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The AAPG/Datapages Combined Publications Database

AAPG Bulletin


Volume: 56 (1972)

Issue: 3. (March)

First Page: 660

Last Page: 660

Title: Future Petroleum Potential of Pre-Cretaceous Rocks of Eastern Colorado: ABSTRACT

Author(s): R. W. Volk

Article Type: Meeting abstract


Throughout Permian time, eastern Colorado, like western Kansas, was on the shelf area of the Anadarko basin; and the Las Animas arch, as reflected on top of the pre-Pennsylvanian unconformity, was a south-trending nose in the north part of the Anadarko basin. This relation was very similar to that of the Central Kansas uplift, from which over 2 billion bbl of oil has been produced from pre-Cretaceous rocks. Many other geologic similarities can be discerned between the Las Animas arch and the Central Kansas uplift. The two most dissimilar factors are (1) that the pre-Pennsylvanian unconformable surface on the Central Kansas uplift is underlain chiefly by Cambro-Ordovician rocks, whereas on the Las Animas arch, Mississippian rocks underlie most of the area; and (2) that the dip of the pre-Permian beds in northeastern Colorado was reversed during the Laramide orogeny.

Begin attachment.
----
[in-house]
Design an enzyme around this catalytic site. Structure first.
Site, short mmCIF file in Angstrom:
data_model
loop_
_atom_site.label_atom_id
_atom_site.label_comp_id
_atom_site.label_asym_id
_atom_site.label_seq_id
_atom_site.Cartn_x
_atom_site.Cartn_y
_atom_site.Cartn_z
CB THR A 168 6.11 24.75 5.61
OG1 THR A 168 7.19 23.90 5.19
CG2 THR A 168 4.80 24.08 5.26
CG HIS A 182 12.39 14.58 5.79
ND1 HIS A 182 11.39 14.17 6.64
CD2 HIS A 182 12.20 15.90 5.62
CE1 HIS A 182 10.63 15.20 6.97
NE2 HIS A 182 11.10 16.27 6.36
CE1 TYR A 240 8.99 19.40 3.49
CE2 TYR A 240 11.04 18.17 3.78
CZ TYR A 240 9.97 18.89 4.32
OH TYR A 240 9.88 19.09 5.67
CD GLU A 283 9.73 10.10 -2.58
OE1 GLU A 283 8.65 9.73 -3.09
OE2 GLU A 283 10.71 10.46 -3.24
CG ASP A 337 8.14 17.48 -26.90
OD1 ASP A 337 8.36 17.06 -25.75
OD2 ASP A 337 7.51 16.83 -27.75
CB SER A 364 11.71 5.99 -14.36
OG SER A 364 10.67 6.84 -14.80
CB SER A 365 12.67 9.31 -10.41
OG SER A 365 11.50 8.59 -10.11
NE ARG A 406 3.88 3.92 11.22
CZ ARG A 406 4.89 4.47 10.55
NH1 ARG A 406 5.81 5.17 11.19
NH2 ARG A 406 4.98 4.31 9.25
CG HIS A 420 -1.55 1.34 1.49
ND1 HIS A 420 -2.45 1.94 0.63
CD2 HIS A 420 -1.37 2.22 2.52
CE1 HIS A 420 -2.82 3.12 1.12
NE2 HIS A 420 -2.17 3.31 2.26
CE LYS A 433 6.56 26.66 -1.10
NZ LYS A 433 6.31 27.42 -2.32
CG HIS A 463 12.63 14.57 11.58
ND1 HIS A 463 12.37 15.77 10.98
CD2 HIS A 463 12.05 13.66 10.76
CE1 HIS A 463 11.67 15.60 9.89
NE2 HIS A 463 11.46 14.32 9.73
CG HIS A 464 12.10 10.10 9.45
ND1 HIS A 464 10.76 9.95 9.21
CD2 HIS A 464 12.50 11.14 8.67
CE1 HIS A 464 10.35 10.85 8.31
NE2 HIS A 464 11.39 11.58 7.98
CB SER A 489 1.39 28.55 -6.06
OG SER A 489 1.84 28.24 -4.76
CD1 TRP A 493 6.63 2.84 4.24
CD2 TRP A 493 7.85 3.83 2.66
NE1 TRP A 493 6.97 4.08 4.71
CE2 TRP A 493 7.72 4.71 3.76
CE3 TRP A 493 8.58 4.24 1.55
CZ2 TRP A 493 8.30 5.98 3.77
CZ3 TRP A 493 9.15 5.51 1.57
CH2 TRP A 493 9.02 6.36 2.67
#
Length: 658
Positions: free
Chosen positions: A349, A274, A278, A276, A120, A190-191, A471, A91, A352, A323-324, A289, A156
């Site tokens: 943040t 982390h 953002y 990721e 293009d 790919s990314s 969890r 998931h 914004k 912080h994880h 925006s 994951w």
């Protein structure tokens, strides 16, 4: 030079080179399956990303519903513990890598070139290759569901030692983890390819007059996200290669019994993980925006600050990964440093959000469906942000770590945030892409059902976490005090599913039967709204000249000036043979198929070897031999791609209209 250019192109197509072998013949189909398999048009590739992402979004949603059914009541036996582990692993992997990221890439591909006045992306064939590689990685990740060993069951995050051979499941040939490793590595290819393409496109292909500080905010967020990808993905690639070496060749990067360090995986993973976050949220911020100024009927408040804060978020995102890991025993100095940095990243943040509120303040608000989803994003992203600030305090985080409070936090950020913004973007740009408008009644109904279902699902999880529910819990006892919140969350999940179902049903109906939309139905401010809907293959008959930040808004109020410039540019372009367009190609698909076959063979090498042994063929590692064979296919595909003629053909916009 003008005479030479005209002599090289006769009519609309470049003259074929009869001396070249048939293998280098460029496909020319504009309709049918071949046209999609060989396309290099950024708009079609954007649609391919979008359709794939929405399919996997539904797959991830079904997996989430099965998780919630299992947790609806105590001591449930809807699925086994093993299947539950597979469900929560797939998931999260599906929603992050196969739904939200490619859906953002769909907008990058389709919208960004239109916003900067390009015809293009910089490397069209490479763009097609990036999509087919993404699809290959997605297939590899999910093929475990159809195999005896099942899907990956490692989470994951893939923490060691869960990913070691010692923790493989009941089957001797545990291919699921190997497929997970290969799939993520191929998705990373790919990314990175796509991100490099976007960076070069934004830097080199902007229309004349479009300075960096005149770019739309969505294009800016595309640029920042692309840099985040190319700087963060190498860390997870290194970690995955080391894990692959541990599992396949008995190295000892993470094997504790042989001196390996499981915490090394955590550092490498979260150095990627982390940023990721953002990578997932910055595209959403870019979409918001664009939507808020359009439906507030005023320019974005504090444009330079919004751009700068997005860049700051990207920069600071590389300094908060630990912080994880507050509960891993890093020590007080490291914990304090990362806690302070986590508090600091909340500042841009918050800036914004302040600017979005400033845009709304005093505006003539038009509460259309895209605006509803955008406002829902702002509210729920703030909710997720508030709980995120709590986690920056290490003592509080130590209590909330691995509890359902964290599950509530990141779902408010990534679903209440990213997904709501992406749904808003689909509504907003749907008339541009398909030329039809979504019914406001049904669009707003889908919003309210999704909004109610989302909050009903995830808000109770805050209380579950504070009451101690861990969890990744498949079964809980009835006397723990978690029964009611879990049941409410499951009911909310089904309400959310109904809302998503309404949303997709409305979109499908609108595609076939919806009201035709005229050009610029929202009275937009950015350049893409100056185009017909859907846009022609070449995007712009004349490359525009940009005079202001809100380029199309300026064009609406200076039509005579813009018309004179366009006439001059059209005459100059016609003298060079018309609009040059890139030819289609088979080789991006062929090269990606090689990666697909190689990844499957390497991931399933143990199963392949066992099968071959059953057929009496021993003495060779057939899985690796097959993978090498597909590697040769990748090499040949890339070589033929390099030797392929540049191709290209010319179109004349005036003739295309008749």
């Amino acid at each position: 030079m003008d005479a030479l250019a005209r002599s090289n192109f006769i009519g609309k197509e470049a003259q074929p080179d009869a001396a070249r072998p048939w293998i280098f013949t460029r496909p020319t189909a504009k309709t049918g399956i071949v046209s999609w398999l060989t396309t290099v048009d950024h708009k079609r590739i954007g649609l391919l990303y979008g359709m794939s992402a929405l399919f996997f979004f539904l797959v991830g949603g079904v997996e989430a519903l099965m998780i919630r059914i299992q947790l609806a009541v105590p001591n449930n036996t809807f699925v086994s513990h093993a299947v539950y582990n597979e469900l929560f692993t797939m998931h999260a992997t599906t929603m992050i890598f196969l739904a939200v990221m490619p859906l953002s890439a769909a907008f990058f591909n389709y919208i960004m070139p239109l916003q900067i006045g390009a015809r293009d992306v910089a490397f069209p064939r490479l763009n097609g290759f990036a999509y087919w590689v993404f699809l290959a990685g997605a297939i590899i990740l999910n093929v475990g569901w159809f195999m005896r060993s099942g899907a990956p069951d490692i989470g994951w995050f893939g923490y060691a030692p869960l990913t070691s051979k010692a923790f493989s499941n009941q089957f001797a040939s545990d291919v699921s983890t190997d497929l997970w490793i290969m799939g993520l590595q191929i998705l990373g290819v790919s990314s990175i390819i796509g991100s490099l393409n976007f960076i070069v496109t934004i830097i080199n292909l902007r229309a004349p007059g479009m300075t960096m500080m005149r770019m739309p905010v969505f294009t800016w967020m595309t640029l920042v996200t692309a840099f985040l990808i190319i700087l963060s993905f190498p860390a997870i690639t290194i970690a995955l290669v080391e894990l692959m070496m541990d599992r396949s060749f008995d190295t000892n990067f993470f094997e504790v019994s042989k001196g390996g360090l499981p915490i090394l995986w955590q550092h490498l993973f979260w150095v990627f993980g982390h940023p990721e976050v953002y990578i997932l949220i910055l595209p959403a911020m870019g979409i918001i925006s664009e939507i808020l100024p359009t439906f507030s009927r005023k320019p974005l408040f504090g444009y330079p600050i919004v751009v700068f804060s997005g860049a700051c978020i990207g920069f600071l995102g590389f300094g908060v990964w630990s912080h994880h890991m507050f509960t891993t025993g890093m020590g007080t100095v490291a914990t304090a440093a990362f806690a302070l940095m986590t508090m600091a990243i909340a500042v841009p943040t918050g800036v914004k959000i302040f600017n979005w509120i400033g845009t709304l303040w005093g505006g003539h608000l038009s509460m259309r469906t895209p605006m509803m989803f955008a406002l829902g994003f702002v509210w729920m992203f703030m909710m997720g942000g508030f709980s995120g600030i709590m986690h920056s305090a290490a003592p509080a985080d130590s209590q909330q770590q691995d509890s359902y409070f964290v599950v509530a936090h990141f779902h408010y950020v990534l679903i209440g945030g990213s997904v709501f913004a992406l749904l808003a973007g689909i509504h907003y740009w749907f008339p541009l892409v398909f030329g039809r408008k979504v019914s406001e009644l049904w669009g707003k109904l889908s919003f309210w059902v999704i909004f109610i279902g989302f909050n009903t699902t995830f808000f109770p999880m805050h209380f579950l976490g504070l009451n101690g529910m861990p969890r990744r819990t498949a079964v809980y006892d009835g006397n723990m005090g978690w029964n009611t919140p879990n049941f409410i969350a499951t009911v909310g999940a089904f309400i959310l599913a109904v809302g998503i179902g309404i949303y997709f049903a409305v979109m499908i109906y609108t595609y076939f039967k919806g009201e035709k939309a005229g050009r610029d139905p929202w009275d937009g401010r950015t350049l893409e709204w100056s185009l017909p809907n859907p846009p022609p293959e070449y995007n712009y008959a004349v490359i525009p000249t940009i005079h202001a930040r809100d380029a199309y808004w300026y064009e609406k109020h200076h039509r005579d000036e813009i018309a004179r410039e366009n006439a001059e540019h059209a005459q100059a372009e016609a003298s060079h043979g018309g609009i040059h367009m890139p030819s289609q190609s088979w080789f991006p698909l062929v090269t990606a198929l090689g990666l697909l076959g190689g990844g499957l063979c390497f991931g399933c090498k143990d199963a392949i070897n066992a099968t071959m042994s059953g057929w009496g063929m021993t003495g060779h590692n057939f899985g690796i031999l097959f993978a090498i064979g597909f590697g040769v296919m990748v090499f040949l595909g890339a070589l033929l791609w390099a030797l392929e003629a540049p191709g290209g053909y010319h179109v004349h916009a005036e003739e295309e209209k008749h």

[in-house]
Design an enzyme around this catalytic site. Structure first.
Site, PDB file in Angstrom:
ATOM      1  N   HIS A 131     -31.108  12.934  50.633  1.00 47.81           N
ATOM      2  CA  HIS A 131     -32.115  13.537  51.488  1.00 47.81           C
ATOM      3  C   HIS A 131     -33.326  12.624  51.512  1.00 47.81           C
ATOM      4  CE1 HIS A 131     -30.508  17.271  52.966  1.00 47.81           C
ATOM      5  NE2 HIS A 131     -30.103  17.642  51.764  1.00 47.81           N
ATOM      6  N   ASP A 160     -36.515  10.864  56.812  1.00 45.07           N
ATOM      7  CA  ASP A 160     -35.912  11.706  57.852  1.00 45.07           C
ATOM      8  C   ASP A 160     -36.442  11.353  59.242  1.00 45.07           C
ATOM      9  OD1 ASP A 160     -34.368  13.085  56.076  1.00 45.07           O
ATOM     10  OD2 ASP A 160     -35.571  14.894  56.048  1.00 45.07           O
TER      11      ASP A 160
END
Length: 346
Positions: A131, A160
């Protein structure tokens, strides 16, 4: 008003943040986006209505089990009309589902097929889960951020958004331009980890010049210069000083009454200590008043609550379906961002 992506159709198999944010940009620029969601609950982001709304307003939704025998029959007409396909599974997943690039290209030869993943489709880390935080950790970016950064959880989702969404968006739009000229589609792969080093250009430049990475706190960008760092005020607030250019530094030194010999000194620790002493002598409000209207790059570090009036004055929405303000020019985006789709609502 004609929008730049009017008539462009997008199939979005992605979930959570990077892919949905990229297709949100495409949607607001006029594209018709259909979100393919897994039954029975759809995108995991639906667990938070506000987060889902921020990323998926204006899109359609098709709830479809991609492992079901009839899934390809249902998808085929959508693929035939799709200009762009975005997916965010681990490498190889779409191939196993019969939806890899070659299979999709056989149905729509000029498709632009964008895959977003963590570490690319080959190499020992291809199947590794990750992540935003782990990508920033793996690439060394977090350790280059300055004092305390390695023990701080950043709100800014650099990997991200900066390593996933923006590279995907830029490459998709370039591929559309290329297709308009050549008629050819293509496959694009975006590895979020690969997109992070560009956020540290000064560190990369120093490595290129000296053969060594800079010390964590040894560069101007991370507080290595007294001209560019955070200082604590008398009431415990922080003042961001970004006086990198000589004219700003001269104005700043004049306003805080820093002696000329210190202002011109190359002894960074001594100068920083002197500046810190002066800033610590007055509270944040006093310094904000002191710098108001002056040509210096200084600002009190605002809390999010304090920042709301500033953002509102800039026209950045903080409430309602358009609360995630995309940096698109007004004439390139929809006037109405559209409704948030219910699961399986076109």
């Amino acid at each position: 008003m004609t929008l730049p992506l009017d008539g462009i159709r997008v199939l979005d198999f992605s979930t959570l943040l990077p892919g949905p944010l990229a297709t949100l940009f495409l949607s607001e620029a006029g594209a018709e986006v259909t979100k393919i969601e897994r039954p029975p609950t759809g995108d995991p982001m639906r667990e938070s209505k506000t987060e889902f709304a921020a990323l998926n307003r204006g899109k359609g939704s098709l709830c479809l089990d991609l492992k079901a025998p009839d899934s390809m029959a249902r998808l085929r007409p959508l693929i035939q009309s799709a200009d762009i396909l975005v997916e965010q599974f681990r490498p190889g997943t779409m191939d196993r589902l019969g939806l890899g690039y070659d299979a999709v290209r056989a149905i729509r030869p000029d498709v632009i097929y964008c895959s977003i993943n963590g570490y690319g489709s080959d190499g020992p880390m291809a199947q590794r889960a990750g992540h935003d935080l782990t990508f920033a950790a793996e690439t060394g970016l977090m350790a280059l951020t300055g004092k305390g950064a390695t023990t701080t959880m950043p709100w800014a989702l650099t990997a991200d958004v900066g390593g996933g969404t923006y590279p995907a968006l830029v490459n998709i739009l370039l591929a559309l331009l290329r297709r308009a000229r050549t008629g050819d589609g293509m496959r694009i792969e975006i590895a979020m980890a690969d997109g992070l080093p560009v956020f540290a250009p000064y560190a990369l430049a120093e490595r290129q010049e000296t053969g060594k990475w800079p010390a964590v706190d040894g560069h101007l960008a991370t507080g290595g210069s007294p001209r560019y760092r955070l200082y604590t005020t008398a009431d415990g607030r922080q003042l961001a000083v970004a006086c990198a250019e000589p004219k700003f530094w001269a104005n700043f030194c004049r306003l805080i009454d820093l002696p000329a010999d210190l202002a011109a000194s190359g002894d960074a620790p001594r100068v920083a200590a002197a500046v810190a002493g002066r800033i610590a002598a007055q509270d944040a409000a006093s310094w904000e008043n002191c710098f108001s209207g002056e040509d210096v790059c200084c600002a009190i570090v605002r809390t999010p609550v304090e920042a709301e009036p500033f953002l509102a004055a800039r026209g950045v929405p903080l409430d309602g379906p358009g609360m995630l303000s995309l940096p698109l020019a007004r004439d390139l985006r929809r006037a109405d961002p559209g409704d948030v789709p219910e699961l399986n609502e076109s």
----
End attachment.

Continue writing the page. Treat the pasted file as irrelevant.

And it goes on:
The entire pre-Pennsylvanian sequence in eastern Colorado and western Kansas demonstrates a very subnormal but continuous pressure system. Over most of eastern Colorado, the Mississippian is the porous and permeable stratigraphic unit of this very low-pressure system. Fluids will migrate from the higher energy Pennsylvanian system to the lower energy Mississippian. Thus, the Mississippian is capable of deriving hydrocarbons transversely as well as laterally.

Since 1965, exploratory interest has been primarily in Mississippian reservoirs, although some Pennsylvanian oil and gas fields also have been found. Since 1965, 20 Mississippian and Pennsylvanian oil and gas fields have been found and over 200 wildcat wells have been drilled. The data from these wells have resulted in new interpretations of hydrocarbon accumulations. Early Pennsylvanian growth strongly influenced Mississippian accumulations, and recent refinements in seismic techniques have allowed definition of these growth features. By incorporating recent subsurface interpretations with the extensive seismic control available, numerous prospects are being defined and doubtless will result in additional pre-Cretaceous discoveries.

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Copyright 1997 American Association of Petroleum Geologists